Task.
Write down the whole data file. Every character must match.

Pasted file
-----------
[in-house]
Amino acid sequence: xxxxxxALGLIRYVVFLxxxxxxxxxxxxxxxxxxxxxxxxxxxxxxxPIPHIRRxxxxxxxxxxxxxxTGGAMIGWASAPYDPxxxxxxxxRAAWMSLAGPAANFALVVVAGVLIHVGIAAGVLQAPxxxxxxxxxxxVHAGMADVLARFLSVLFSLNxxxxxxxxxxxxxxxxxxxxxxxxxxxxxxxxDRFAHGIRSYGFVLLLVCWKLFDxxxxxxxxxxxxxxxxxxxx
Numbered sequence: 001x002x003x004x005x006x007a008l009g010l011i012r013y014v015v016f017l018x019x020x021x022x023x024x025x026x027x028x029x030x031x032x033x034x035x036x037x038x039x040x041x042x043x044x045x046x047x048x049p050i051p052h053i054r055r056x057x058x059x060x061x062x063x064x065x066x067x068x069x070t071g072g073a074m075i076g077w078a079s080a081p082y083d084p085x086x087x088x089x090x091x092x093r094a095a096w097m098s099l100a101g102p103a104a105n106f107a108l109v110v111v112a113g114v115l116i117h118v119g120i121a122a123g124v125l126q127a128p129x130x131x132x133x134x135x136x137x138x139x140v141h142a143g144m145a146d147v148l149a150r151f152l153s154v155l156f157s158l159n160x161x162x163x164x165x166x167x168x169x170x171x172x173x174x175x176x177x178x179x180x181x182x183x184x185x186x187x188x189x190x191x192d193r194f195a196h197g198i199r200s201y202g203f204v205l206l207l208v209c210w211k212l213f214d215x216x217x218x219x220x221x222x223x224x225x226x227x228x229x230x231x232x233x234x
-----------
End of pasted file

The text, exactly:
[in-house]
Amino acid sequence: xxxxxxALGLIRYVVFLxxxxxxxxxxxxxxxxxxxxxxxxxxxxxxxPIPHIRRxxxxxxxxxxxxxxTGGAMIGWASAPYDPxxxxxxxxRAAWMSLAGPAANFALVVVAGVLIHVGIAAGVLQAPxxxxxxxxxxxVHAGMADVLARFLSVLFSLNxxxxxxxxxxxxxxxxxxxxxxxxxxxxxxxxDRFAHGIRSYGFVLLLVCWKLFDxxxxxxxxxxxxxxxxxxxx
Numbered sequence: 001x002x003x004x005x006x007a008l009g010l011i012r013y014v015v016f017l018x019x020x021x022x023x024x025x026x027x028x029x030x031x032x033x034x035x036x037x038x039x040x041x042x043x044x045x046x047x048x049p050i051p052h053i054r055r056x057x058x059x060x061x062x063x064x065x066x067x068x069x070t071g072g073a074m075i076g077w078a079s080a081p082y083d084p085x086x087x088x089x090x091x092x093r094a095a096w097m098s099l100a101g102p103a104a105n106f107a108l109v110v111v112a113g114v115l116i117h118v119g120i121a122a123g124v125l126q127a128p129x130x131x132x133x134x135x136x137x138x139x140v141h142a143g144m145a146d147v148l149a150r151f152l153s154v155l156f157s158l159n160x161x162x163x164x165x166x167x168x169x170x171x172x173x174x175x176x177x178x179x180x181x182x183x184x185x186x187x188x189x190x191x192d193r194f195a196h197g198i199r200s201y202g203f204v205l206l207l208v209c210w211k212l213f214d215x216x217x218x219x220x221x222x223x224x225x226x227x228x229x230x231x232x233x234x